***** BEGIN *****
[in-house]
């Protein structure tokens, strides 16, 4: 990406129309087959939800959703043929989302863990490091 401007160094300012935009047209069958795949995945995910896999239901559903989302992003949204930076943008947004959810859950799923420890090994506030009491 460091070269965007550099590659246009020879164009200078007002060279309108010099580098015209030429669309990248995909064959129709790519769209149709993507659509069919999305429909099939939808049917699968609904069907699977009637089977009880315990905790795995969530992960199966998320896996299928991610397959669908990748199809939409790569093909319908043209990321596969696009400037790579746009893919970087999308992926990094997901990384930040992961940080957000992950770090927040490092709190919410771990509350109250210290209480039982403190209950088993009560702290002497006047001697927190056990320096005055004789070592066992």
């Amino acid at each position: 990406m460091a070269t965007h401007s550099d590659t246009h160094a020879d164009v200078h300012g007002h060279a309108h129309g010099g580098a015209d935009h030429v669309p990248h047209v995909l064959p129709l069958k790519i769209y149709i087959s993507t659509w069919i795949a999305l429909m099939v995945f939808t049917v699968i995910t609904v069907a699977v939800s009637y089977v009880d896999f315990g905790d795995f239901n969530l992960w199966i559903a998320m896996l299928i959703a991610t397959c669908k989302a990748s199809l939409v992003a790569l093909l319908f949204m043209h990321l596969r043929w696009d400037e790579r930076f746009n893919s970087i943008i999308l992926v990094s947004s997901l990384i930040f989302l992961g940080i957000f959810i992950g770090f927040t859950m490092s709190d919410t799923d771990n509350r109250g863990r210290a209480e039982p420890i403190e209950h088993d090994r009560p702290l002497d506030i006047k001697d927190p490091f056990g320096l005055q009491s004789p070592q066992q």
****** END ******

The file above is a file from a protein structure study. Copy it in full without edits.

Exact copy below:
[in-house]
């Protein structure tokens, strides 16, 4: 990406129309087959939800959703043929989302863990490091 401007160094300012935009047209069958795949995945995910896999239901559903989302992003949204930076943008947004959810859950799923420890090994506030009491 460091070269965007550099590659246009020879164009200078007002060279309108010099580098015209030429669309990248995909064959129709790519769209149709993507659509069919999305429909099939939808049917699968609904069907699977009637089977009880315990905790795995969530992960199966998320896996299928991610397959669908990748199809939409790569093909319908043209990321596969696009400037790579746009893919970087999308992926990094997901990384930040992961940080957000992950770090927040490092709190919410771990509350109250210290209480039982403190209950088993009560702290002497006047001697927190056990320096005055004789070592066992």
């Amino acid at each position: 990406m460091a070269t965007h401007s550099d590659t246009h160094a020879d164009v200078h300012g007002h060279a309108h129309g010099g580098a015209d935009h030429v669309p990248h047209v995909l064959p129709l069958k790519i769209y149709i087959s993507t659509w069919i795949a999305l429909m099939v995945f939808t049917v699968i995910t609904v069907a699977v939800s009637y089977v009880d896999f315990g905790d795995f239901n969530l992960w199966i559903a998320m896996l299928i959703a991610t397959c669908k989302a990748s199809l939409v992003a790569l093909l319908f949204m043209h990321l596969r043929w696009d400037e790579r930076f746009n893919s970087i943008i999308l992926v990094s947004s997901l990384i930040f989302l992961g940080i957000f959810i992950g770090f927040t859950m490092s709190d919410t799923d771990n509350r109250g863990r210290a209480e039982p420890i403190e209950h088993d090994r009560p702290l002497d506030i006047k001697d927190p490091f056990g320096l005055q009491s004789p070592q066992q």